Many Igbo Muslims in the South-East states are now fleeing up north due to the growing resentment against the Hausa/Fulani community and the Federal Government in the region, coupled with the security crisis.

 

According to Daily Trust’s investigation, some of the Muslims lamented that their people label them as Hausa and they refused to understand their freedom of religion.

The victims added that the majority of the South-Easterners refused to understand that “we are Igbos, before becoming Muslims.”  

 

Recent happenings including secession agitations and activities of members of the Indigenous People of Biafra have also made life very tough for the minority Igbo Muslims in the South-East.

 

Findings revealed that there are Igbo Muslims in Abia, Anambra, Ebonyi, Enugu and Imo states. However, the total number of those that relocated to the North to find succour and practise their religion without molestation far outweighs the total number of those still living in the entire South-East.

 

Some of the victims likened their travails to “apartheid” as they are being marginalised in the scheme of things.

 

Muslim women interviewed in Afikpo, Ebonyi state, as well as Enugu, Abakaliki, Umuahia, Okigwe and Owerri, are called derogatory names such as ‘masquerade’, ‘traitor’ and ‘Hausa’, when they appear in public wearing their hijabs.

 

Halima Musa Ani in Enugu recalls a public attack she suffered last year when she joined a queue, and an attempt was made to remove the hijab which she was wearing.

 

On many occasions Muslim women have been referred to as ‘Boko Haram’ and ‘slave’ when they make use of public transport, as revealed in Afikpo.

 

Halima recounted many personal experiences and those of others in which they were maltreated or given unfair treatment because of their religious identity.

 

“Igbo Muslims are facing many challenges in the South-East, even in the streets, especially the women, because we cannot go out without our hijab. When you go out, you will be addressed as ‘Hausa.’ Even a small child will call you ‘Hausa, ’and begin to chant ‘Hausas are passing. Hausas are passing.’ It’s just like a song,” She said.

 

She said while she and others like her were categorised as Hausas and denied basic citizens’ rights, they are also not considered as the same by the Hausas. “When we go to the Hausas, they will describe us with an unfair word, and say ‘you are not part of us,” she said.

 

Last year, she joined a queue at the Enugu south local government secretariat to receive a palliative but when she was called to receive her ration, there was protest.

 

“One woman asked ‘why did you bring this Hausa woman. What brought her here?’ They were saying that I am claiming to be Igbo to get a N20,000 palliative. That I am not Igbo, and that I should go back to my state. Somebody grabbed my hijab from the back, and another woman joined, holding onto the hijab as well. I held onto my hijab,” Halima recalled.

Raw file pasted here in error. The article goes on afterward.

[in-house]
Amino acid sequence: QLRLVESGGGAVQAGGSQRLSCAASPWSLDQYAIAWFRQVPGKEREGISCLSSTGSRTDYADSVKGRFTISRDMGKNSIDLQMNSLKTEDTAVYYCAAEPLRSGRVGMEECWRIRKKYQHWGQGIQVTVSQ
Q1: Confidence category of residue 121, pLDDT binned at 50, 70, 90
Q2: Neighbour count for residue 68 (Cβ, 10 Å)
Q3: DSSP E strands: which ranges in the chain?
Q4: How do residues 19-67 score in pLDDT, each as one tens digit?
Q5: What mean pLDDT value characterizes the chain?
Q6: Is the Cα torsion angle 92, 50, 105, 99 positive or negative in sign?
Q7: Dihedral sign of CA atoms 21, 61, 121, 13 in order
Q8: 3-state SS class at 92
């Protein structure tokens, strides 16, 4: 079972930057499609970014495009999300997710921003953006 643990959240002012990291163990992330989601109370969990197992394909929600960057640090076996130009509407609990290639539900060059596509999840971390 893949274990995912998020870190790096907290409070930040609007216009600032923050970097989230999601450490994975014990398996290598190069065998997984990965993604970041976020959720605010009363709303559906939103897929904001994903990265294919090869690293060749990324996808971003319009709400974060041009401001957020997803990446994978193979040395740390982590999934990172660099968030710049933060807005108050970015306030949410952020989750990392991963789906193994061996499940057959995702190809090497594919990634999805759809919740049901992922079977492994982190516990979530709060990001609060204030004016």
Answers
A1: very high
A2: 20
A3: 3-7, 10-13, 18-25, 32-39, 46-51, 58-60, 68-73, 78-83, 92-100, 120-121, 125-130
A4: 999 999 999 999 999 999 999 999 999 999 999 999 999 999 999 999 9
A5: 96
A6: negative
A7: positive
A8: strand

Umar Musa Ani told the reporter that a young Muslim woman in Enugu will change her name from Aisha to Asisko, or from Maryam to Mary Anne, because of pressures from society. In a new twist to Hausa phobia, Igbo Muslims are accused by Igbo Christians of becoming Muslims because they wish to gain material wealth from Hausa Muslims.

 

Igbo Muslims lament their lack of visibility nationally. There are no members of the National Assembly who hail from the Igbo Muslim community. No minister or minister of state is an Igbo Muslim. The only commissioner in the region, who is a Muslim, is Suleiman Ukandu, the commissioner for lands, survey and urban planning in Abia State.

 

Sheikh Haroun Ajah, Vice President General, Nigeria Supreme Council for Islamic Affairs, interviewed in Abakaliki, Ebonyi State, provides a background.

 

“Muslims don’t have access to the civil service. We don’t have access to political appointments, no access to anything that is being done by the government. If it were possible for us to be denied our daily bread, they would do that,” he said.

 

Ajah, while stating that there are more Igbo Muslims in the north than in the entire South-East, also sheds light on a growing Hausa phobia.

 

“When they see an Igbo Muslim, they label him Hausa. They refuse to understand that Hausa is a tribe, Igbo is a tribe and Islam is a means of spiritual relationship with the Almighty. They refuse to understand that we are Igbos, before becoming Muslims.”

 

On account of years of marginalisation, profiling and exclusion, he thinks that the Federal Government should compensate Igbo Muslims but did not specify the form this may take.

 

The fear of lynching, expulsion and death has also pushed some fresh converts to Islam to practice Islam in the secret.

 

Suleiman Njoku, Chief Imam of Imo state, argues: “There are some secret Muslims in Imo State. Because of persecution, some of them have been hiding their identity. I noticed this when I became the Imam.”

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